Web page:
Paid parental leave is not the only thing important to women this election

Date

Senator Christine Milne, Leader of the Australian Greens

Australian Greens leader Senator Christine Milne speaks at the launch of the Greens federal election campaign at the National Convention Centre in  August 24.

Australian Greens leader Senator Christine Milne speaks at the launch of the Greens federal election campaign at the National Convention Centre in August 24.

The way this election campaign has been going one would be forgiven for thinking that paid parental leave is the only thing of importance to Australian women. Worthy as it is – paid parental leave isn't identified by women as their number one public policy concern. Women on the campaign trail have primarily raised with me issues like juggling work and financial responsibilities, childcare, restoring the cuts to single parents payments and whether they will be financially secure right through to their retirements.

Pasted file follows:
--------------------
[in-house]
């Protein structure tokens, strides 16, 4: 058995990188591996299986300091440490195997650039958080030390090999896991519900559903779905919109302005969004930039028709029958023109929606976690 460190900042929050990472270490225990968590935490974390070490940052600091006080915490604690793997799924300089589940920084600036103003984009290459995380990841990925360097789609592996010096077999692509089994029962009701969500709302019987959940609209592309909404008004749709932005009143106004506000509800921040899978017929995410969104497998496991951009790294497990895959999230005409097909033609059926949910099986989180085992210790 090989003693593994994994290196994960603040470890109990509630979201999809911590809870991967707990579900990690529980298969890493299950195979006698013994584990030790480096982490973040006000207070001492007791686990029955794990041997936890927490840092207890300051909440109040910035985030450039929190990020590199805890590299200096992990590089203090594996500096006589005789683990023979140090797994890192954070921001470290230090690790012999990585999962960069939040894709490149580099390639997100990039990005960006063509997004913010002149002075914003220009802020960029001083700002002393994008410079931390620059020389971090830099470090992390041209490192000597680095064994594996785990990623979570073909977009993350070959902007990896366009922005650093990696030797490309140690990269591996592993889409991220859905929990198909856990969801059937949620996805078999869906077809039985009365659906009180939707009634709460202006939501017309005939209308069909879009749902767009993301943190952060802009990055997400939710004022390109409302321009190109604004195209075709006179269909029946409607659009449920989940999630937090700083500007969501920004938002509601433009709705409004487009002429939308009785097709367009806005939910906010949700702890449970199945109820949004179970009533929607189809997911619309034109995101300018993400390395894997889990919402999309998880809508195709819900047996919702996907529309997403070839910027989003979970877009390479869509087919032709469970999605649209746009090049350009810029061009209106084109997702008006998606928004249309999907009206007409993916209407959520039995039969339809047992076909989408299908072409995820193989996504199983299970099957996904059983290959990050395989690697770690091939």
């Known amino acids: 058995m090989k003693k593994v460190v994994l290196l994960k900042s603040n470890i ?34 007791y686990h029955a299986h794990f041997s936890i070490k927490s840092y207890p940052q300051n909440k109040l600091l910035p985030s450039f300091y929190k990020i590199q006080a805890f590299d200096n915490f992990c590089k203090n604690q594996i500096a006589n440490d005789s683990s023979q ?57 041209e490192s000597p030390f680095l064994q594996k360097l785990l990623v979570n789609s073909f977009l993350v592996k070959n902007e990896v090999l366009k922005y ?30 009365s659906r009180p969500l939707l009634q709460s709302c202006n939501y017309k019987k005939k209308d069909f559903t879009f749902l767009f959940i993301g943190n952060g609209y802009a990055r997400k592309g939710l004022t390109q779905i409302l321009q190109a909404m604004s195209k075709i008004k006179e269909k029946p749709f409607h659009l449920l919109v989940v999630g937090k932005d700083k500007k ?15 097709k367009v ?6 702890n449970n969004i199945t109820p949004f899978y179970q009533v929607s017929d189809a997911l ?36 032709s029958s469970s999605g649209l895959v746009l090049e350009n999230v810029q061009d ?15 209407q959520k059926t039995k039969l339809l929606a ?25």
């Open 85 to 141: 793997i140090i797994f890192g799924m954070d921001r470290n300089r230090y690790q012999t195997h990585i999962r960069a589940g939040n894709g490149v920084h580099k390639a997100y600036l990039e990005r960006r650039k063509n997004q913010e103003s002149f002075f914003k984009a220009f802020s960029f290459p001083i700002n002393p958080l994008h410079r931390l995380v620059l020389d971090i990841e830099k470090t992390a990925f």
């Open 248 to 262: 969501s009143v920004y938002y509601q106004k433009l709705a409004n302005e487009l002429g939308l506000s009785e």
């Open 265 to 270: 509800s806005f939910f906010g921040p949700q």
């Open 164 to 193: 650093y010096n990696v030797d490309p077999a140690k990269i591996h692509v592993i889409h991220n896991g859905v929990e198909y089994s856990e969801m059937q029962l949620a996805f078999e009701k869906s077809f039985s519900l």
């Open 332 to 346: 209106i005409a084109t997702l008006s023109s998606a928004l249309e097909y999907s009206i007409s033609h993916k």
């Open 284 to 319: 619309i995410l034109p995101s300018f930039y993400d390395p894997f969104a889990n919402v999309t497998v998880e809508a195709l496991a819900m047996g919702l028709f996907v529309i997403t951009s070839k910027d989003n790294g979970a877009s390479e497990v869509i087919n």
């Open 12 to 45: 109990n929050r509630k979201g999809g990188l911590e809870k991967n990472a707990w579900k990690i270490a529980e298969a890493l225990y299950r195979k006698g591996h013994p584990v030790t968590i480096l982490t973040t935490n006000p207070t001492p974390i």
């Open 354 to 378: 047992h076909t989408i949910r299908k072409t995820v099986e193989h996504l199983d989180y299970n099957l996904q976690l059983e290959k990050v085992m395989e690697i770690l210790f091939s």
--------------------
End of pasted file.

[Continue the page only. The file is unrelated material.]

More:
If the polls are accurate Tony Abbott will shortly be Prime Minister. The Greens will work with him in the Senate to deliver an improved paid parental leave scheme, one with 26 weeks paid leave at the parent's salary, capped at $100,000, including superannuation payments. This is a sensible reform which will increase women's lifetime workforce participation, benefit the productivity of our nation and provide vitally important time for both parents and babies.

The areas of similarity between the Greens and the Coalition pretty much end there. The Greens want increased access to quality, affordable childcare, and the restoration of the single parenting payment, which the ALP and Coalition cut, so that 100,000 single parents, mostly women, lost between $60–120 per week and are now living in poverty. We will also move to legislate for quotas of women on company boards, requiring 40% women within five years.